Secrets in games, huh? Here’s my take: They should be the exception, not the rule. The big thing to keep in mind is that role playing is an odd activity where you are both the performer and the audience. Because of that, some of the conventions from traditional stories can get a little wonky. Secrets deny the audience (i.e. the other players) a chance to enjoy part of the story, and make dramatic tension difficult or impossible. For the record, I’m defining dramatic tension as tension caused when the audience knows something the character doesn’t. Here’s an example:
In the first few minutes of the Battlestar Gallactica remake, the audience finds out that Gaius Baltar is inadvertently responsible for the annihilation of most of the human race. I don’t think the rest of the characters find out until much, much later. So we have several seasons of Gaius being a fucking brilliant and interesting character as he deals with the guilt of his mistakes and tries to avoid the guaranteed lynching he’d receive if anyone found out. Would this character be interesting AT ALL if we as an audience didn’t know his dark secret?
The same thing applies in RPG’s. Holding secrets in denies the rest of the players the fun of those secrets, and usually makes characters just plain weird and unpredictable. It’s hard to play off characters that have bizarre and unforeseen reactions. There’s a second part of this as well: Other players can help you guide the characters toward an interesting and awesome climax if they know your secrets and can play off of them as well. If you don’t let them in on it, they can’t help, and characters tend to just kind of bounce around randomly. If you’re lucky, a situation will arise that will allow for a “big reveal” but more often than not this doesn’t happen. How many times have you told all your big secrets after the session because a situation never came up that would allow them to be discovered? Oh, that’s another thing: Secrets are only cool if they get revealed. Stuff that is never discovered is, well, never discovered. What was the point? Telling everyone after the fact is rarely as rewarding. Most of the times all the clever little things you did to keep that secret go right by everyone else at the table, and that sucks!
You can only use secrets to create real suspense at the table if everyone knows there’s a secret out there to be revealed. To quote Vincent Baker:
“Suspense doesn't come from uncertain outcomes.
I have no doubt, not one shred of measly doubt, that Babe the pig is going to wow the sheepdog trial audience. Neither do you. But we're on the edge of our seats! What's up with that?
Suspense comes from putting off the inevitable.
What's up with that is, we know that Babe is going to win, but we don't know what it will cost.”
We know the secret is out there. What we don’t know is what will happen when it is revealed
. Usually the secret isn't cool, but what a character is willing to do to keep that secret (kill his brother? Let a criminal go free?) is what's really cool. The suspense comes from collaboratively putting off that big reveal until you just can’t take it anymore. Close calls are only suspenseful if people *know* they were close calls!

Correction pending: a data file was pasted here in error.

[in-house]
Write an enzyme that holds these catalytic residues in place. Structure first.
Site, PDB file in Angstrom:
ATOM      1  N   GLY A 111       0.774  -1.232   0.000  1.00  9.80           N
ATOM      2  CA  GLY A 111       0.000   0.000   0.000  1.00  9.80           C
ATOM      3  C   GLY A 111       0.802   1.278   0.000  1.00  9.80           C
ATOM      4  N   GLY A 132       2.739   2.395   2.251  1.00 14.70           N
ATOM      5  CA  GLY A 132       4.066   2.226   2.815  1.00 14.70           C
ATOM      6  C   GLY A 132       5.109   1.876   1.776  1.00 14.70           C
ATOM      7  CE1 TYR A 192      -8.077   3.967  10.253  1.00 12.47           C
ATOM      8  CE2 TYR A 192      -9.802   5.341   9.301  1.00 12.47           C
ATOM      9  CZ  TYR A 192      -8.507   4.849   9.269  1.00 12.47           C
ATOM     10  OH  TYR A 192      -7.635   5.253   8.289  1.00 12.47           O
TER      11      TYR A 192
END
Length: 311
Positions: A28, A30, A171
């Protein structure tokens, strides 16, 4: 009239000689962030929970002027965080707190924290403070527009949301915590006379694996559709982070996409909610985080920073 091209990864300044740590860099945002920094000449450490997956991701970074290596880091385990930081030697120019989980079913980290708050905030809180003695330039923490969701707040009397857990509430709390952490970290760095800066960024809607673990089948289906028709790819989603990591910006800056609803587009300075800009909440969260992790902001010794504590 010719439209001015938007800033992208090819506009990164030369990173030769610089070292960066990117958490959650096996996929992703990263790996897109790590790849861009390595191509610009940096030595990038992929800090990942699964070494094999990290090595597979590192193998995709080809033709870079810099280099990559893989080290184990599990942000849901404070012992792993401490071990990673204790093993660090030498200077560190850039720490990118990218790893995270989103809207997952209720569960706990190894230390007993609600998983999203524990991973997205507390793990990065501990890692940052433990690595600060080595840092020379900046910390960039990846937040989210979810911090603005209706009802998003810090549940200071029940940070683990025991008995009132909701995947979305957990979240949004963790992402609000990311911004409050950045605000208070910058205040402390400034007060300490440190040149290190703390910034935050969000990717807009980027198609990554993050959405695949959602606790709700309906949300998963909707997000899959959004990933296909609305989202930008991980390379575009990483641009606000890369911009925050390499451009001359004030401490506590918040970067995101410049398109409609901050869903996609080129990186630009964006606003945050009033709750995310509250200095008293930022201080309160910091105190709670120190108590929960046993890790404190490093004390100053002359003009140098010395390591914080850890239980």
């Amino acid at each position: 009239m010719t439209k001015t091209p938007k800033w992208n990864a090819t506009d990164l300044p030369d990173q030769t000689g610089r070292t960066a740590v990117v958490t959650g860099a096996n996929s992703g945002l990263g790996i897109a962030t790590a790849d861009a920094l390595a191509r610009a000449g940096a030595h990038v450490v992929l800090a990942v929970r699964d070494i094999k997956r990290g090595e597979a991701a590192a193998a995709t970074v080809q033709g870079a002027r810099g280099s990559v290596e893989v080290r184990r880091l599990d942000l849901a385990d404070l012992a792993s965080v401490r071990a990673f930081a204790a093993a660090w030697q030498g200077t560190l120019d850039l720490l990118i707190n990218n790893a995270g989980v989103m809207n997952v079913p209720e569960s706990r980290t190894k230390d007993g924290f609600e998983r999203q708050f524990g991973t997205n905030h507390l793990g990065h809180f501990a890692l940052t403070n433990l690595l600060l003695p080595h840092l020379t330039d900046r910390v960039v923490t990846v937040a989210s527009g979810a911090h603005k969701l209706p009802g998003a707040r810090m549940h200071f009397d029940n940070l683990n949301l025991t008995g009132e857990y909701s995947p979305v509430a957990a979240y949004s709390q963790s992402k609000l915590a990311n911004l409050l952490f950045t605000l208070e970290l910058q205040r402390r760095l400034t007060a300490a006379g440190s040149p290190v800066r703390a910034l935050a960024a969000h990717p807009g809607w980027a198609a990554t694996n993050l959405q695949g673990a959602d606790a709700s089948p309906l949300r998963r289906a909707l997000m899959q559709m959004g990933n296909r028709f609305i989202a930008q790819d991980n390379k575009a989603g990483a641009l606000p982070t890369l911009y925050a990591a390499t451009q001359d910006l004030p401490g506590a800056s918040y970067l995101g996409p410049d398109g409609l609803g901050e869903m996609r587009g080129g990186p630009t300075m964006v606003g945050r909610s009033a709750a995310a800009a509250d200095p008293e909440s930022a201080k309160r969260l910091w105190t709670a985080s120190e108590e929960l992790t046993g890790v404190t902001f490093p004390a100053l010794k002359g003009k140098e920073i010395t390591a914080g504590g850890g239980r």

Games that use secrets:Cold City
is a game about spies and monster-hunters in 1950 Berlin. Everyone *has* to play a different nationality. There’s a mechanic for trust. You can use another character’s Trust as a bonus to your own roll, but if they use it to betray you, they get to use DOUBLE the trust to do so. Cold City very specifically calls out there are two ways to play it: Open and Closed. Each character has a Hidden Agenda (of course!) and the players can decide to let the other people at the table know about their agenda (open) or not (closed).Dirty Secrets
is a film noir-style game where one player, the Investigator, is investigating a crime, and everyone else plays a suspect. It’s kinda a One-Player-Many-GM deal. Here’s the thing: Nobody actually knows who committed the crime in the beginning of the game. Much like the game of Clue, playing the game will reveal the culprit, so the end everybody plays it cagey, because EVERYONE’s a suspect. In that way, it’s very film noir-y, but nobody has to keep any secrets. Everything’s out on the table from the get-go.
Jenn’s example of The Gift shows that secrets can be a LOT of fun, but that kind of fun should be rare, lest problems arise. George and Brant give an example of how the party thief absconded with the McGuffin, and they thought it was awesome. I had a similar end-game scenario happen in one of my games, and it did not turn out awesome at all for me. Basically, one of the players had been secretly going around to the entire world uniting countries against the Empire, whom I was a loyal servant of. All this negotiation happened between sessions, and the only thing mentioned in-game was “Suilemon spends some time in the South on diplomatic missions.” Then, the big end battle arrives and Suilemon’s player is like “Oh, and I’ve already gotten the entire world on my side, so even if you win here, you still lose.” Fuck. That. First off, that’s not cool at all to completely undermine another player’s objectives and not even give him a chance to do anything about it. Secondly, it sure would have been awesome to SEE those negotiations played out at the table. Instead, nope, total blindside fuckover.
In summary: Secrets are awesome if they’re USED. Secrets can be fun for the occasional “big reveal”. Secrets are not cool at all if they take the play away from the table and the audience as a whole.